The Iraq war is costing Americans roughly 147 billion a year. This is a ton of money, but when you consider our current deficit is at $438 billion, you can quickly understand the war isn’t the main or only problem in America.

Giving back with completely free web hosting.

Written by Douglas Hanna

Monday, September 29th, 2008

HostGator has a history and tradition of giving back. In the last year, we’ve donated over $125,000 to charity, actively worked towards offsetting and reversing our environmental impact, and given free or
discounted web hosting to a countless number of web sites.

Today, we’re moving forward with our commitment to the communities and the people we serve with the launch of the HostGator Technology Grant.

Recipients of the HostGator Technology Grant will receive one year of completely free web hosting with our Swamp Plan, which offers 1,000 GB of space and unlimited bandwidth. If the Swamp plan does not fit the needs of the particular recipient, they can opt to take the grant as a $180 service credit to any other HostGator product or service. After the one year of free service, grant recipients can re-apply and if accepted again, continue to use HostGator web hosting completely free.

The HostGator Technology Grant’s goal is simple and straightforward: provide free web hosting to organizations and projects that serve the greater good.

Obtaining legitimately free web hosting for nonprofits can be an arduous process. Organizations should be spending their time doing what they believe in and what they set out to do, not hunting for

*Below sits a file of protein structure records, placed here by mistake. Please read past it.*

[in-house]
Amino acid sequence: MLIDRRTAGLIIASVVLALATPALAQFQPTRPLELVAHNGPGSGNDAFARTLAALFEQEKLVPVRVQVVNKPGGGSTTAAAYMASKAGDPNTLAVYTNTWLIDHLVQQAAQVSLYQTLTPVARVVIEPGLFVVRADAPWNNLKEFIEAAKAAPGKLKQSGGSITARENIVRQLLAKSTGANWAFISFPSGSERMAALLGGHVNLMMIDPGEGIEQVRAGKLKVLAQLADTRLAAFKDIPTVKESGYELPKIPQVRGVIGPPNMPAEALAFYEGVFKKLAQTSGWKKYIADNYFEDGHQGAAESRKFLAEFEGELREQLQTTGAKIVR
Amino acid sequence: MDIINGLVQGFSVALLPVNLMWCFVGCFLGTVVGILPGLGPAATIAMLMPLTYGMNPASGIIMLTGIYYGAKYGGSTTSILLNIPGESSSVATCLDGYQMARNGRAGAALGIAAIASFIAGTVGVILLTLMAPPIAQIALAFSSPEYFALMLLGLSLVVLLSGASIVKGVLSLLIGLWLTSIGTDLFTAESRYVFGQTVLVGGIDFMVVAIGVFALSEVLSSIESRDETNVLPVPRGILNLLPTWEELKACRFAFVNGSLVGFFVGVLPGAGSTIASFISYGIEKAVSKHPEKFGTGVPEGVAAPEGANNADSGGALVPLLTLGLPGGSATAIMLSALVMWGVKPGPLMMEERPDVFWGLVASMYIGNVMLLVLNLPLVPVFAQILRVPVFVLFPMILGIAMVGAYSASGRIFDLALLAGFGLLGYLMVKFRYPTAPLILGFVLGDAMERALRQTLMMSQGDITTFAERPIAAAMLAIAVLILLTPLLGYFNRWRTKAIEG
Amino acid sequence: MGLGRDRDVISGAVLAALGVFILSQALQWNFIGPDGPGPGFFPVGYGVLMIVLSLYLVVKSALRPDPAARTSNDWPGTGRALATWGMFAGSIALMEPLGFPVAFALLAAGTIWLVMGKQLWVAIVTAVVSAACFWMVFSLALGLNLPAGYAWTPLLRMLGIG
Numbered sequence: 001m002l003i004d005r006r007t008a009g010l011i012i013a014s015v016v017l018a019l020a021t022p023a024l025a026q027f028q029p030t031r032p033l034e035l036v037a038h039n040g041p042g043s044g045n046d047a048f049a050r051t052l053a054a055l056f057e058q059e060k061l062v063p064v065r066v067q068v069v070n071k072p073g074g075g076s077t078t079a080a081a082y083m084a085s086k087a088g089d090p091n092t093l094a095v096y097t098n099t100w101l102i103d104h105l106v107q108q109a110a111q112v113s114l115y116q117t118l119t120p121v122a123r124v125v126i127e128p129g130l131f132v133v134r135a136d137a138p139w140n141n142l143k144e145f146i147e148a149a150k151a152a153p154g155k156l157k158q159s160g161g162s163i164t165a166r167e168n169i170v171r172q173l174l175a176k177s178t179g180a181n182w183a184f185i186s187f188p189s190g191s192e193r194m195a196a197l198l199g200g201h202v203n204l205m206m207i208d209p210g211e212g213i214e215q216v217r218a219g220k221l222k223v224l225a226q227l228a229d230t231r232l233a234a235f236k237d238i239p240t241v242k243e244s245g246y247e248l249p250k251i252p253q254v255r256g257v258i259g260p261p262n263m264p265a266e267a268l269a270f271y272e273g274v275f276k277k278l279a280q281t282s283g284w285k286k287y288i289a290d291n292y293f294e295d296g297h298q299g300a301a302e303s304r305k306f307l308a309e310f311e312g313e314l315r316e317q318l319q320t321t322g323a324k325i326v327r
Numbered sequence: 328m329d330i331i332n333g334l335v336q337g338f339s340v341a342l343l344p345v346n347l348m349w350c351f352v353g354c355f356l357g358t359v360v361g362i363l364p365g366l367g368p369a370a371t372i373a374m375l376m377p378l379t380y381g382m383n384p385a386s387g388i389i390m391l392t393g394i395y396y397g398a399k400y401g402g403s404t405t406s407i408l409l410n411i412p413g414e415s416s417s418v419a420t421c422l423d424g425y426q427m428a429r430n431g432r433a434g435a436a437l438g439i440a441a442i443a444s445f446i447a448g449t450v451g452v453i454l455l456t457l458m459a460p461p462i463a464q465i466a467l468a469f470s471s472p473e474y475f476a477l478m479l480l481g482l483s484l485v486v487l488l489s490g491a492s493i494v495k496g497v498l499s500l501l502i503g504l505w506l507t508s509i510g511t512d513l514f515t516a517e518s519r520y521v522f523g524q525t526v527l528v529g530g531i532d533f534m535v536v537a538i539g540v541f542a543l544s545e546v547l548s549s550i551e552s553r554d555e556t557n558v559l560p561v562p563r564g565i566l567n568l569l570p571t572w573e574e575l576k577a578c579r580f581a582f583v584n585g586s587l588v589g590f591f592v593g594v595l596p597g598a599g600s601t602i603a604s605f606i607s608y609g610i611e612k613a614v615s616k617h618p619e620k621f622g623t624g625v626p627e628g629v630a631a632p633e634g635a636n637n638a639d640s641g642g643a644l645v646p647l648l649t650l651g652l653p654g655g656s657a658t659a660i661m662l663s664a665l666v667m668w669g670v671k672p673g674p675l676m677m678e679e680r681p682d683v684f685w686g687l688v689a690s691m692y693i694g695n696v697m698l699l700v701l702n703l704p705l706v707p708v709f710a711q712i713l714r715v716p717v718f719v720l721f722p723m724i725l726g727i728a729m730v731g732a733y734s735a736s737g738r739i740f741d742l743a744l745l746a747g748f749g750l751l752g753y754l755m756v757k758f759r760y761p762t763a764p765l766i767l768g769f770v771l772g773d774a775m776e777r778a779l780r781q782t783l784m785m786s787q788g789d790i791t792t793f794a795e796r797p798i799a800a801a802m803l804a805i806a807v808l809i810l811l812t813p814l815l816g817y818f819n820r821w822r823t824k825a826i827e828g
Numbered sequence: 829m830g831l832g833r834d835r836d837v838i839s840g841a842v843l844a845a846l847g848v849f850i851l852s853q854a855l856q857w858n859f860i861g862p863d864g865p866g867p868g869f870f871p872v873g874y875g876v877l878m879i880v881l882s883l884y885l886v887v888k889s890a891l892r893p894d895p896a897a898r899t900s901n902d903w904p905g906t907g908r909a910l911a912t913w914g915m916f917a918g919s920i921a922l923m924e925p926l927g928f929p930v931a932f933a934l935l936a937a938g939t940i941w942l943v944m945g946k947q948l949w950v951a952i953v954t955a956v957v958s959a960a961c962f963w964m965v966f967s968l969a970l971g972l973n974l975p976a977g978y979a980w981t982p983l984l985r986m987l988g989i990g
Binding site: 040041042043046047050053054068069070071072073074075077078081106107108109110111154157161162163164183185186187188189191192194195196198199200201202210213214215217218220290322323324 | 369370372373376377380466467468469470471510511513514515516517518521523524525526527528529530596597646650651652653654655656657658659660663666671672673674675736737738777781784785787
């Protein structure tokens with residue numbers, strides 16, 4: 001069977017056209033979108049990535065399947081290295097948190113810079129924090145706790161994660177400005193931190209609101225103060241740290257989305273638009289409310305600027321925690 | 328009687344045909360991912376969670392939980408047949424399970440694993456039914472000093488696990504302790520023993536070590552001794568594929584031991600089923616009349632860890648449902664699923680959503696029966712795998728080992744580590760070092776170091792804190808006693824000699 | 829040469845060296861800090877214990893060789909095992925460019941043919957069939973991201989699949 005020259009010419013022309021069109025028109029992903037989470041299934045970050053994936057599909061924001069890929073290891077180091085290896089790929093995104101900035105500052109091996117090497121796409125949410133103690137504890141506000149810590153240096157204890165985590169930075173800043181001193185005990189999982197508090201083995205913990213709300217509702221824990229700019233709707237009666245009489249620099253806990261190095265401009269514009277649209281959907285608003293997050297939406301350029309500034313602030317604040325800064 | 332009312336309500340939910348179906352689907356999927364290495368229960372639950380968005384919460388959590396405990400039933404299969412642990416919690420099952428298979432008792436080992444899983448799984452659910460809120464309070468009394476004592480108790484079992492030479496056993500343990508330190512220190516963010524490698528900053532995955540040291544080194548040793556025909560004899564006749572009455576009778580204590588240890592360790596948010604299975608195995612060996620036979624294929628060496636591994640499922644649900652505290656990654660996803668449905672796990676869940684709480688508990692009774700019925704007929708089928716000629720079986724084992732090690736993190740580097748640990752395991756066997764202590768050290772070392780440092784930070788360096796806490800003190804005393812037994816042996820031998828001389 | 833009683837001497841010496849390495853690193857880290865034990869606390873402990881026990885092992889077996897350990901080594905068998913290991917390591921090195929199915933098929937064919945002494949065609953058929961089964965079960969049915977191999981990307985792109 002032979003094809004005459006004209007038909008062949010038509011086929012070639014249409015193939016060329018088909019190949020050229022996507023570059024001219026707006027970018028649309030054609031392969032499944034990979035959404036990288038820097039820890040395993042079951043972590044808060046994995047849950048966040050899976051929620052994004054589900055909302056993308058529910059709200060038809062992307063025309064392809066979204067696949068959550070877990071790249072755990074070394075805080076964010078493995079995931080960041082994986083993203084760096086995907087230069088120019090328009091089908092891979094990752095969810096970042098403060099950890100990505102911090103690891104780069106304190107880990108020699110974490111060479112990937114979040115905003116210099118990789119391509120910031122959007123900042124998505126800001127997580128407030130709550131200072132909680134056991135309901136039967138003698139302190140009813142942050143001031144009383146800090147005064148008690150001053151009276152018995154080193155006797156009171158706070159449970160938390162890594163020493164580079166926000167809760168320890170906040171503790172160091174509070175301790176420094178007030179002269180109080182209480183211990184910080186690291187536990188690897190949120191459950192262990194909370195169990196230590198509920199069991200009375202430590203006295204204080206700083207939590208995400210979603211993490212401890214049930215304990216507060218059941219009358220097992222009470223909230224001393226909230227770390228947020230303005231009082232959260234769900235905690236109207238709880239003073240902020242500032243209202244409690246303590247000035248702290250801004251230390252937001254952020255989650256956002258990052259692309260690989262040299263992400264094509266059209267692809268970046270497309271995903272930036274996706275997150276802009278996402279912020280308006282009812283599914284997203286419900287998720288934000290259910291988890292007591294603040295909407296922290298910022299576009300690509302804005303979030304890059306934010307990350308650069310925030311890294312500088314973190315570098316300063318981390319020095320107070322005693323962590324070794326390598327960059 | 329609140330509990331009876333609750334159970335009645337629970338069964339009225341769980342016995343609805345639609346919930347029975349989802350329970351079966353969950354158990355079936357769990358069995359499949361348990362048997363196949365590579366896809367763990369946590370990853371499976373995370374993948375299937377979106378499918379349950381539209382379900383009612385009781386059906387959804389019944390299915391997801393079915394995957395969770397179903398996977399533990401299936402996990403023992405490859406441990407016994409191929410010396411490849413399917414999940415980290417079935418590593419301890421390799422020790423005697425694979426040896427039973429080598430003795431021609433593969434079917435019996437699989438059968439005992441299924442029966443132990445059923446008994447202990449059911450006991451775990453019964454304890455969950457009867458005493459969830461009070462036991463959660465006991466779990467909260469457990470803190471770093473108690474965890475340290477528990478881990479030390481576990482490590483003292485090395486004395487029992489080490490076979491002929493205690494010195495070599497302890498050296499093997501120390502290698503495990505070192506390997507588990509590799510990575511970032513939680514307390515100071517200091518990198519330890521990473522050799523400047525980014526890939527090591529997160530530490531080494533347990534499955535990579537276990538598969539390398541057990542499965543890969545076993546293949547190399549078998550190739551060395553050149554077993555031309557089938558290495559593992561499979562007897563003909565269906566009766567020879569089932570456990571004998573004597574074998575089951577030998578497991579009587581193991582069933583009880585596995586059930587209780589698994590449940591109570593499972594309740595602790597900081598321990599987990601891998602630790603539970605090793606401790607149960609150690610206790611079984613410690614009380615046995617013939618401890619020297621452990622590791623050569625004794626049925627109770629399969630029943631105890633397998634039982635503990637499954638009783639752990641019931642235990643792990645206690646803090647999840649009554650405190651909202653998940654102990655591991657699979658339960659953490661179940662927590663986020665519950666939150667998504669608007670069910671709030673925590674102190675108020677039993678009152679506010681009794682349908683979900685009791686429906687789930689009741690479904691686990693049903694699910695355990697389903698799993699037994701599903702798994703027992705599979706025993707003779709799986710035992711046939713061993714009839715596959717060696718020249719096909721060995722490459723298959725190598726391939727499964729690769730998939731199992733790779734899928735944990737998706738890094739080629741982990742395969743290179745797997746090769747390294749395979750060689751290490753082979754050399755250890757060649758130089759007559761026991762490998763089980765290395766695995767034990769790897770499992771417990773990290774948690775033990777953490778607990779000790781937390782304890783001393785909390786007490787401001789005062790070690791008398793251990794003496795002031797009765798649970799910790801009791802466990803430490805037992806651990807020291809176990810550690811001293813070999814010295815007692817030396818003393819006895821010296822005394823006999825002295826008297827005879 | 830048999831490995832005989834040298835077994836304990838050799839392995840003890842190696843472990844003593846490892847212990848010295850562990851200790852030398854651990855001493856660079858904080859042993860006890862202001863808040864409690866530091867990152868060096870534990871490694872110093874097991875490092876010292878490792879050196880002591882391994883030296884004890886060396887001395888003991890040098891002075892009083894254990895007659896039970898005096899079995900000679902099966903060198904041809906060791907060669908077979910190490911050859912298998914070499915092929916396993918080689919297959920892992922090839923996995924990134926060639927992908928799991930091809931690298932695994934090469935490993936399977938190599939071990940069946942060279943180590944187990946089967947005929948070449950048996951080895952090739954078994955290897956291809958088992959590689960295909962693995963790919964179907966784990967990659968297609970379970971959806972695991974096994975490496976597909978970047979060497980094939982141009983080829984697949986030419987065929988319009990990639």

affordable and quality web hosting.

Hostgator for Humanity

Written by fmerrill

Friday, May 23rd, 2008

That’s right, the folding@home team is a reality and we’ve broken into the top 1,000 ranked teams!

Although we’ve kept this fairly low profile on our forum post here , we do have a large amount of users starting to come on board, so I’d like to present something a hosting company is doing to better the world.

The Folding@Home project by Stanford University is a distributed computing project used to create one of the largest supercomputers in the world. The client has long been used used as both a metric to measure processors and machines efficiency and also to help the cause. The project is distributed much in the way Seti@Home was, however, with a more direct human goal. folding@home

Just in case you’re wondering, “what is protein folding and why does this matter to me?”; the Folding@Home project simulates complex mathematical formulas about how these proteins fold, unfold, and misfold with the goal to hopefully one day learn better how many well known diseases, such as Alzheimer’s, Mad Cow (BSE), CJD, ALS, Huntington’s, Parkinson’s disease, and many Cancers and cancer-related syndromes actually work and occur. Results? Darn right! The project has already come up with a number of notable scientific results, and is with our help and yours, continues to go somewhere tangible as you can see at Stanford’s whitepage papers